Martin Luther King Jr. Transcended Color and Class and So Can You

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"I have a dream that my four little children will one day live in a nation where they will not be judged by the color of their skin but by the content of their character."

How quickly we have forgotten that Martin Luther King stood not only head and shoulders above color and class disparity, he became the mountain top. King had a dream and he embodied it. How did he do this?

Character.

King privately agonized over the knowledge that compassion for another human being regardless of race and socioeconomic status involves achieving a certain level of emotional intelligence and maturity.

He understood that due to culture, conditioning, and lack of education, most people would not achieve this maturity within their lifetime--without another to lead the way.

Martin Luther King was that guiding light, though the magnitude of the responsibility he bore overwhelmed him at times. Rather than trying to fight ignorance and immaturity, King appealed to another kind of intelligence, the intelligence of the heart. From his 1963 book, Strength to Love:

"The ultimate measure of a man is not where he stands in moments of comfort and convenience, but where he stands at times of challenge and controversy."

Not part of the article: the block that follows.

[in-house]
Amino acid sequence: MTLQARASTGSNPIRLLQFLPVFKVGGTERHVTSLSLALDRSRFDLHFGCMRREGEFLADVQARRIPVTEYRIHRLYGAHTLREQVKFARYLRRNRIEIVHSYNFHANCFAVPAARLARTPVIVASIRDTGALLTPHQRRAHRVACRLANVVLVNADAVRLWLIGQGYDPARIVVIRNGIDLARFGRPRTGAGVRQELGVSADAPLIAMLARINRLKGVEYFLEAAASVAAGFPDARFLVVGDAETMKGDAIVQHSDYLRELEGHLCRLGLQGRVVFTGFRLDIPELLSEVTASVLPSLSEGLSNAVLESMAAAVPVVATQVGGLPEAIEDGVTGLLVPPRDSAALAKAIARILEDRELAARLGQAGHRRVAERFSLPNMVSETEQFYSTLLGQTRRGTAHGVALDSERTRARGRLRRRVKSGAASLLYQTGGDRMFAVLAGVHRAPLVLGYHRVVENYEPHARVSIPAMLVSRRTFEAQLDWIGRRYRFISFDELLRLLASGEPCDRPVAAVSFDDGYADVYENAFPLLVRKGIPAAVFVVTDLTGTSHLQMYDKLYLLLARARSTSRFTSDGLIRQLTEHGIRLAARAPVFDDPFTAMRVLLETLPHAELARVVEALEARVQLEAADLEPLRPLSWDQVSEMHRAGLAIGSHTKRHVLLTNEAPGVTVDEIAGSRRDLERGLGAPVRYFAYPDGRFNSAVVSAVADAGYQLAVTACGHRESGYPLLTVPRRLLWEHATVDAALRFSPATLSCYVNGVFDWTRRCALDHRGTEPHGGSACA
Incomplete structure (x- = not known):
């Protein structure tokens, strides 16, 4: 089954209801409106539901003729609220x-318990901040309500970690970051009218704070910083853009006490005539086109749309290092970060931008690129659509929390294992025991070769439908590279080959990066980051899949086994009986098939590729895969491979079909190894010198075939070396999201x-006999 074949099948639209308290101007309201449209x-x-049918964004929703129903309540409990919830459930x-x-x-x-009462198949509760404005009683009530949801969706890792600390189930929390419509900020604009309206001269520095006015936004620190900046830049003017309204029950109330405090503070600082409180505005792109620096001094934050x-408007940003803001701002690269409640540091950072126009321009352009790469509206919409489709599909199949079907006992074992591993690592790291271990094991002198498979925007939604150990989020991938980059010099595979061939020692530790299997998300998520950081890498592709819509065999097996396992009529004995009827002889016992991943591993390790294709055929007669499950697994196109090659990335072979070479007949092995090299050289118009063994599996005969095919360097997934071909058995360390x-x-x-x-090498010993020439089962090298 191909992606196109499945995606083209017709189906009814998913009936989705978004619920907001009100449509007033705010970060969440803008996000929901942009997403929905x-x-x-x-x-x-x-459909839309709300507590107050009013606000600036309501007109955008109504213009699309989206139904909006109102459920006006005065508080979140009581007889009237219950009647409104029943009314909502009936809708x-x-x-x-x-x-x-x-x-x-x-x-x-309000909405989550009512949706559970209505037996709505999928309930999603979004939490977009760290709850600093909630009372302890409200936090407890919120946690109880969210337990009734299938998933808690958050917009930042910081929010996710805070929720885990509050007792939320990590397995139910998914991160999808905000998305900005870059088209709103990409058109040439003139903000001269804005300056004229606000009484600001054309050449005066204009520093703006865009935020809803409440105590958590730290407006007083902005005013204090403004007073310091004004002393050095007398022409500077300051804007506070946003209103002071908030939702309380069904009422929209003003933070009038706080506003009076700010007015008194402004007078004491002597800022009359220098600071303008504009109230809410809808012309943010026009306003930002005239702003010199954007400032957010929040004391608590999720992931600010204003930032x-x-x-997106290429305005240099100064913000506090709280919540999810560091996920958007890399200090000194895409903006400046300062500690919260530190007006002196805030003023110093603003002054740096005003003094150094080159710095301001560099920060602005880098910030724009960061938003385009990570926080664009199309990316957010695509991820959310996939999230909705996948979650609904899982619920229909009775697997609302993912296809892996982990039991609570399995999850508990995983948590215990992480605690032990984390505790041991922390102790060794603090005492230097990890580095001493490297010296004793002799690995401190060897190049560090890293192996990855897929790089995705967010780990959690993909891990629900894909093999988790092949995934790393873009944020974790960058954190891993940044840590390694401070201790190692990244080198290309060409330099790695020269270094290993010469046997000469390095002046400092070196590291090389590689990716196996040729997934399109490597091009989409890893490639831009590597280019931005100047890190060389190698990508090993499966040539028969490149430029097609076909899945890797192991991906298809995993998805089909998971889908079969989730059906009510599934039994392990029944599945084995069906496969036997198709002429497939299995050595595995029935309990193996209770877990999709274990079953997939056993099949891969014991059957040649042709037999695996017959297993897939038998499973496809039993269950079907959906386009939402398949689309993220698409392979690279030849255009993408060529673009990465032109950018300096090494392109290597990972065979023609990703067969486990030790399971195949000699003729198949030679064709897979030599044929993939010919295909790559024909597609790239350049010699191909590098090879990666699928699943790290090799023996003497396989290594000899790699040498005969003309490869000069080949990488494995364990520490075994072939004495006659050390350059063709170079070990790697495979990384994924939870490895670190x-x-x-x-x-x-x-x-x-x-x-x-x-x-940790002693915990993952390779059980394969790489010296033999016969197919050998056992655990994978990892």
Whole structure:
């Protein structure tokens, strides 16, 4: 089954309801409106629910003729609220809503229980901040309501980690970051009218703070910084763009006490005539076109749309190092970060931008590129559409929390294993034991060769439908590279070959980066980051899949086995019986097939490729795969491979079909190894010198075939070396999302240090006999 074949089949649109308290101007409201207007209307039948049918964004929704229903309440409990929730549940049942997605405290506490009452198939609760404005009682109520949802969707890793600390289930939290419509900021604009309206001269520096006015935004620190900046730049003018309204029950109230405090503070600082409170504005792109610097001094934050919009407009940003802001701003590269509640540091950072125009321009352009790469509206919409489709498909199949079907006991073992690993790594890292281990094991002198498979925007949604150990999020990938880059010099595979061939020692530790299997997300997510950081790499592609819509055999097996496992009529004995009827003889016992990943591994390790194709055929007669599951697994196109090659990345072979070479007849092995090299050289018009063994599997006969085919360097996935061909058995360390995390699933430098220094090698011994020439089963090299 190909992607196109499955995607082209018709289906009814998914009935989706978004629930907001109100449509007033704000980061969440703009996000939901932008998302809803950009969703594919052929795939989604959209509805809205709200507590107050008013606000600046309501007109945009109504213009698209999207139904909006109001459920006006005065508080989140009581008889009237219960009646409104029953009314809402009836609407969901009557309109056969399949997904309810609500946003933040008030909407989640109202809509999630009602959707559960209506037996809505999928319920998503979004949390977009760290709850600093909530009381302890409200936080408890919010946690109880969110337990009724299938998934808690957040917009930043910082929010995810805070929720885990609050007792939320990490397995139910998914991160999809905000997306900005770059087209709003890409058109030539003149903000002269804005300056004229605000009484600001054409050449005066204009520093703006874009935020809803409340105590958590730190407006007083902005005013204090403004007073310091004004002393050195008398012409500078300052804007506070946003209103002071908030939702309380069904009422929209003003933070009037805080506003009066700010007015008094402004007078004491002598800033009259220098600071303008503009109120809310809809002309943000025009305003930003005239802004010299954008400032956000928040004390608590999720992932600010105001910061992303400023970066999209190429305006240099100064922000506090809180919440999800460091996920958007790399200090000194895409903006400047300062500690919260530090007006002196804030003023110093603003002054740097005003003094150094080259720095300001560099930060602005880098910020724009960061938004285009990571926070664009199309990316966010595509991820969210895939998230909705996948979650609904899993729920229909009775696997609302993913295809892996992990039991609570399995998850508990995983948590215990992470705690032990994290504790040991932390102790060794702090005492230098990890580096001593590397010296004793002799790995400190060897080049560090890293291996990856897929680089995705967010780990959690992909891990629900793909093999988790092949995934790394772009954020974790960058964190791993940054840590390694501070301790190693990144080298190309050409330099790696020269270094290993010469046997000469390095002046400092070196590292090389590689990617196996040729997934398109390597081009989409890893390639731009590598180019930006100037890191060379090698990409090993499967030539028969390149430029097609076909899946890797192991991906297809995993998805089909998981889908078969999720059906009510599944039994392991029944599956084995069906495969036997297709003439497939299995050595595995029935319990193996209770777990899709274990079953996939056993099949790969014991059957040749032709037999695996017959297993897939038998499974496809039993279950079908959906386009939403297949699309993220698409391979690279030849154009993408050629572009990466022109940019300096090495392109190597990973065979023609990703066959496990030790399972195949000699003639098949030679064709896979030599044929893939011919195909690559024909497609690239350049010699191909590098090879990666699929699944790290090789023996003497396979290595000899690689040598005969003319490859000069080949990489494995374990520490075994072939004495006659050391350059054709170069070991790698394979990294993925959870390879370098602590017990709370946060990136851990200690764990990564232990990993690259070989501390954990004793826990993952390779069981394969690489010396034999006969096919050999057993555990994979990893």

Instead of looking externally for others to blame, King asked us to look within, as he did, for wisdom and truth. He wanted each one of us to realize that the personal strength of character we display when interacting with others is the key to unlocking the prison of color and class discrimination.

As we debate the reasoning and underlying pain that drove Black Lives Matter activists to hijack Presidential candidate, Bernie Sanders, at a rally in Seattle, and the continuing Ferguson, Mo. protests, we must examine our own behavior. Are we demanding respect without first offering it?

Choosing action that unites rather than divides enables and empowers community leaders that are far more powerful than the sum of the outdated beliefs of those struggling to evolve.

Let us look no further than Charleston, S.C., where an estimated 20,000 people rallied on the Ravenel Bridge during the Bridge to Peace unity march. Choosing love over fear-based protests and riots, notice how quickly collective leadership generated positive change.

In reality, no one can set another free. True equality arises from within. When you become it and live it, your demonstration of strength of character creates your ticket to freedom. Each one of us contains all the power we require to set ourselves free. Ultimately, it's an inside job.

The invitation is to remain steadfast within the seat of personal courage even when others around you lose their way. By this, you lead in no greater way. Being the first to change, you change the world. In Martin Luther King's I Have a Dream speech, he went on to say,

"From every mountainside, let freedom ring."

You are that mountain when the awakening leader within you realizes that to fight darkness with darkness bears the same fetid fruit. Instead, be the light. Others cannot help but see your example. The time is upon us to live fearlessly and choose courageously as we were born to do.

"Free at last! Free at last!
Thank God Almighty, we are free at last!"